Declaring "trust and credibility are important issues in this . . . campaign," Republican John N. Dalton today pictured his opponent for the Virginia governorship as an erratic double-talker attempting to cloak his true liberalism "behind a log of words."
Dalton, speaking at a campaign luncheon here, charged Democrat Henry Howell with promoting programs for which he knows the state has no funds, and of issuing contradictory statements about whether he favors a tax increase.
"I have worked hard to earn the trust of the people of Virginia," Dalton said. "And I believe any individual who seeks the trust of the people has a duty to live up to his philosophy and to make only promises that he can keep."
While saying, he did not "maintain that a public official can never change his mind" Dalton declared: "I do say that a public servant should not continually chop and change trimming his positions to meet political pressures. I submit this is a basic difference between me and my opponent in this . . . race."
Dalton, the state's current lieutenant governor said Howell had been quoted in a State Police magazine, for example as saying that collective bargaining for public employees was "a basic right."
But the GOP candidate said Howell later stated in an interview with the Roamaked Times that "there will be no unions bargaining for the 82,000 state employees during the four year of a Howell administration."
"It's hard to see how you can have collective bargaining without unions," Dalton said.
Dalton appeared with Gov. Mills E. Godwin at a luncheon of some 200 businessmen and women, many of them Democrats, from the Charlottesville Albemarle County area.
While many of those present were conservative Democrats frequently associated in the past with Republican campaigns, many others were longtime straight-ticker Democrats who described themselves as disenchanted with Howell.
Charlottesville, they explained, is the hometown of former U.S. Ambassador to Australia William C. Battle, who defeated Howell for the Democratic gubernatorial nomination eight years ago.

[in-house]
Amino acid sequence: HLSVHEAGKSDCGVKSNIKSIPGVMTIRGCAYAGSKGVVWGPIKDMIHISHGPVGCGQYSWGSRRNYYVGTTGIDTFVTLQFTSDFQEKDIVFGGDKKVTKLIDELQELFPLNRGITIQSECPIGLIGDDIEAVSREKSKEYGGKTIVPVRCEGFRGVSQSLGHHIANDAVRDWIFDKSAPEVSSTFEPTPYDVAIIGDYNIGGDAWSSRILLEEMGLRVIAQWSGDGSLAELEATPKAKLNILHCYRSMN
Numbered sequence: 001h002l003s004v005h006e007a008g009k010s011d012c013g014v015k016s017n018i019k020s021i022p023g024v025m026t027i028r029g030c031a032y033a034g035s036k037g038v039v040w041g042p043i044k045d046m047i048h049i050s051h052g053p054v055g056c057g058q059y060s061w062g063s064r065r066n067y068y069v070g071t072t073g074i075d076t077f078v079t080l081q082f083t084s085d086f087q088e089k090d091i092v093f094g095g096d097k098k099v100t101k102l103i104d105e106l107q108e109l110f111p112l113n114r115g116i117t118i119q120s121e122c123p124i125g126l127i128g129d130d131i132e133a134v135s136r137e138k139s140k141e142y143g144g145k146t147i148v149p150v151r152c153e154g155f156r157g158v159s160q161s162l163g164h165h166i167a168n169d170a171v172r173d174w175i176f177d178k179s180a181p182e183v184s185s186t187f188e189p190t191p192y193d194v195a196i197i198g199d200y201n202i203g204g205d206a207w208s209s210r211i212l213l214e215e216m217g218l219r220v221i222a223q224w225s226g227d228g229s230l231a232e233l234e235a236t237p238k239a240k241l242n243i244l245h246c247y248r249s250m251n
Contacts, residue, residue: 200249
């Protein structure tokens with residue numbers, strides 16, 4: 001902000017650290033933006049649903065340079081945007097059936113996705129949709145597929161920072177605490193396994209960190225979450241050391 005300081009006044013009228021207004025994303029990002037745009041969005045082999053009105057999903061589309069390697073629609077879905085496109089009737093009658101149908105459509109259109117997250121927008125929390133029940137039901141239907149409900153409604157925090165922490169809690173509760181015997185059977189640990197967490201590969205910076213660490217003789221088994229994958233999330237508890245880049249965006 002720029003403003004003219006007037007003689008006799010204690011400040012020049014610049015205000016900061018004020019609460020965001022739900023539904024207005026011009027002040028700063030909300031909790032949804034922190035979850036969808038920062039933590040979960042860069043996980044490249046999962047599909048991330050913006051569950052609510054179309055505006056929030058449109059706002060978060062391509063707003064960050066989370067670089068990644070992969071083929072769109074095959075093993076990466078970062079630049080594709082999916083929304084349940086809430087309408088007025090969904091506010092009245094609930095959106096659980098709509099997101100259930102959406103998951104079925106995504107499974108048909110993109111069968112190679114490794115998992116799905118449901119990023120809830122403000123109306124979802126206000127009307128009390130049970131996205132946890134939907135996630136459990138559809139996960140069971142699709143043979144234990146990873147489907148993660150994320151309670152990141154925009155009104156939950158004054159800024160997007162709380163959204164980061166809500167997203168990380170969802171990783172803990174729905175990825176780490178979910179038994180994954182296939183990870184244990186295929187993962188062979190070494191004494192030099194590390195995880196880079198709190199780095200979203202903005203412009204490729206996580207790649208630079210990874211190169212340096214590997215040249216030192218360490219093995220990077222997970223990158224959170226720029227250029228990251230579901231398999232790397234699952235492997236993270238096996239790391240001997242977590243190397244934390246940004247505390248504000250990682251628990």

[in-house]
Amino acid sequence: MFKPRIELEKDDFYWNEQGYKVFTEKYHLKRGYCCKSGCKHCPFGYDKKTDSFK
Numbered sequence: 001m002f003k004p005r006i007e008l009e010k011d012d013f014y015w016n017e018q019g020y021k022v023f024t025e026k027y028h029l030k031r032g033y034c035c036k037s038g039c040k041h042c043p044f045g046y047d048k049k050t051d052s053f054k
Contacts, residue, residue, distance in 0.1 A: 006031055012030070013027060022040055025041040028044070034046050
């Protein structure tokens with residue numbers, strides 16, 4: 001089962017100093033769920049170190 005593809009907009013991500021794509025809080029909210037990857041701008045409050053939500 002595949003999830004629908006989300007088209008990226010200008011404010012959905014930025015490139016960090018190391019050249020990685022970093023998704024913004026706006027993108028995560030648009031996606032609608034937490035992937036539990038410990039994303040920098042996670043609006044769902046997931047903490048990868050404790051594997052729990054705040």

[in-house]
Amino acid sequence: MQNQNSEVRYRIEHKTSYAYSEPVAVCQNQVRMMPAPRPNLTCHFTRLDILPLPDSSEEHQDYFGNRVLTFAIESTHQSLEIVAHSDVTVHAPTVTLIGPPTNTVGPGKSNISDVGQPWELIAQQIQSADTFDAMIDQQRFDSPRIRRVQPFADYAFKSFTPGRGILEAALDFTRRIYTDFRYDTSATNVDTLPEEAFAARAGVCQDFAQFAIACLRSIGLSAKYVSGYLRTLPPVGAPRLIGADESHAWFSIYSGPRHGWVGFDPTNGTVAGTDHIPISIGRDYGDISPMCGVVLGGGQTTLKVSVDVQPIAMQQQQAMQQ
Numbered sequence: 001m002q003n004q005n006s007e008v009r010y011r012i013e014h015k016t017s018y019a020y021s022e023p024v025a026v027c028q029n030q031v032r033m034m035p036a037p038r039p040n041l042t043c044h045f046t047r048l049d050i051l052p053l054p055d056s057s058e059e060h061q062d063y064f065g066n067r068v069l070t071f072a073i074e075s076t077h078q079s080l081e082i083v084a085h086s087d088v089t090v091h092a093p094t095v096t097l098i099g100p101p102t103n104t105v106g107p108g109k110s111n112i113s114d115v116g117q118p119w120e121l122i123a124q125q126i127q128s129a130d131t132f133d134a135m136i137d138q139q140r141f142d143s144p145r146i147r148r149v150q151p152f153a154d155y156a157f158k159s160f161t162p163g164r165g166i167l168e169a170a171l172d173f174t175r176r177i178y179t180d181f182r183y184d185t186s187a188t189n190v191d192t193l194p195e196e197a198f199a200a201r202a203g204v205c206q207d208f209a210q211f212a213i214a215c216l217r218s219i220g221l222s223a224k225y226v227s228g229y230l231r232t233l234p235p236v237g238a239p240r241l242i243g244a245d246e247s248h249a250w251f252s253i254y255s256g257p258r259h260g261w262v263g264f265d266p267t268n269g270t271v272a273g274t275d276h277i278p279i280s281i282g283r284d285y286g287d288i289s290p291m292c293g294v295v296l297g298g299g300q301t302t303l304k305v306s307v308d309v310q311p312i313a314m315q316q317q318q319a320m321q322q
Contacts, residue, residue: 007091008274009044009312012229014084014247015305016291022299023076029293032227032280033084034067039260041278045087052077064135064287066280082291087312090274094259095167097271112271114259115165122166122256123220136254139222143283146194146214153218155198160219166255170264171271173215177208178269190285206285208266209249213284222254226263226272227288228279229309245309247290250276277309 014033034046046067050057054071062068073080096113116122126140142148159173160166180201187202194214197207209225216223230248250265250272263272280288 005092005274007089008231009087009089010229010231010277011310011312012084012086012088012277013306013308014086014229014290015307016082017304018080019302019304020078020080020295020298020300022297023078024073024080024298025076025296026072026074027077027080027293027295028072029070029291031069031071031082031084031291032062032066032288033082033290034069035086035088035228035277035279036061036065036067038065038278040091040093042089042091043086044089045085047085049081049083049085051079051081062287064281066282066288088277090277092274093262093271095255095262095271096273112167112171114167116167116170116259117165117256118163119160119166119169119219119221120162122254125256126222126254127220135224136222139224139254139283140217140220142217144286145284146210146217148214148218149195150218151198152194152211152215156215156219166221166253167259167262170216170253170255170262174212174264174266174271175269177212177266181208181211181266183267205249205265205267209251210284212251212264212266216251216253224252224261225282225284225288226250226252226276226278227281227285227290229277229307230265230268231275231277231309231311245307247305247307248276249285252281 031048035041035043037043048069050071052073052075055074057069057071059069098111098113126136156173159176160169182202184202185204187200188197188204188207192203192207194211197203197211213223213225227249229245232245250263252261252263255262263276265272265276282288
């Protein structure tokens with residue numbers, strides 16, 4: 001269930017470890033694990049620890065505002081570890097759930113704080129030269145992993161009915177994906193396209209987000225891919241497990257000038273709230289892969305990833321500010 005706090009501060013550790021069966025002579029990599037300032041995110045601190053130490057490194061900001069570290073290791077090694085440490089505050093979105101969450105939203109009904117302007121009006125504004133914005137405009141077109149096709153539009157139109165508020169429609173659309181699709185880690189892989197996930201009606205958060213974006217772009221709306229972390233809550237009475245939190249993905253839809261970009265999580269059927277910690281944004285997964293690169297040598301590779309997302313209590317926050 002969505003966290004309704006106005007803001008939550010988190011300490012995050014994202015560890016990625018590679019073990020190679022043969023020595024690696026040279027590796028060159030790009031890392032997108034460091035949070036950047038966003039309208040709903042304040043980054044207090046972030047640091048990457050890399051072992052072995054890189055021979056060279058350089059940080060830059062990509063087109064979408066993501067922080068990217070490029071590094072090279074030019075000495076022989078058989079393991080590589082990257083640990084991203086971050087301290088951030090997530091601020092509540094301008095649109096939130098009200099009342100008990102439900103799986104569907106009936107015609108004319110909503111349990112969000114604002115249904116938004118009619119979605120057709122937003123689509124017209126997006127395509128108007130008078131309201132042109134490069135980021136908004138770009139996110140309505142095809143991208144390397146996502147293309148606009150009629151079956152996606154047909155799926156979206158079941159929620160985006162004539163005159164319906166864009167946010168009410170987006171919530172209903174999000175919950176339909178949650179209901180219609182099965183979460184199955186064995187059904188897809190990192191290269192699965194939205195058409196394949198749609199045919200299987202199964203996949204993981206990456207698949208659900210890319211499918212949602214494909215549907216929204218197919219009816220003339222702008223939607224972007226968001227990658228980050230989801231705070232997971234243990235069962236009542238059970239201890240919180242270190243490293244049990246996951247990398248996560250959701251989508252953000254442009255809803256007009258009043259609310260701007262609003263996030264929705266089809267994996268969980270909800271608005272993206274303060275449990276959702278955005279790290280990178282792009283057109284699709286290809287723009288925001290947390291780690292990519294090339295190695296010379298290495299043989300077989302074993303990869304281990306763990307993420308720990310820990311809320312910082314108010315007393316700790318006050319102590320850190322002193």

Many, they said, still believe that lukewarm support of battle by Howell led to Battle's general election defeat in 1969 by Republican Linwood Holton.
"These people have no love for Henry," explained one Republican. "If Andy Miller had won the Democratic nomination in June we couldn't have turned out 60 of these people for John Dalton. But they're here now. They remember 1969."
Among those present were former Seventh District Democratic chairman John W. Williams, who is now Seventh District chairman of Virginians for Dalton, and T. Munford Boyd, a University of Virginia law professor who in 1961 challenged the old Byrd Democratic organization in a race for the party nomination for attorney general.
Godwin in his remarks, praised Dalton as a "well-grounded" man whose "roots are deep in the kind of thinking and philosophy that has enabled Virginia to go forward."
He derided Howell as a candidate "wrapped in all the aroma . . . of liberalism . . . on almost every issue," who is now attempting to "hoodwink the people of Virginia into believing he's a conservative."
Godwin pictured Dalton as a vital bulwork against an increasingly liberal General Assembly which, he said, might pass a bill authorizing collective bargaining for public employees if Howell is elected.
Howell has "always run against the 'Big Boys' of big business . . . He's screamed that across this state," Godwin told is business-oriented audience. "I hate to think where the little boys would be if it weren't for a few big boys around. We need the big boys and we need the little boys both" if Virginia is to prosper, Godwin said.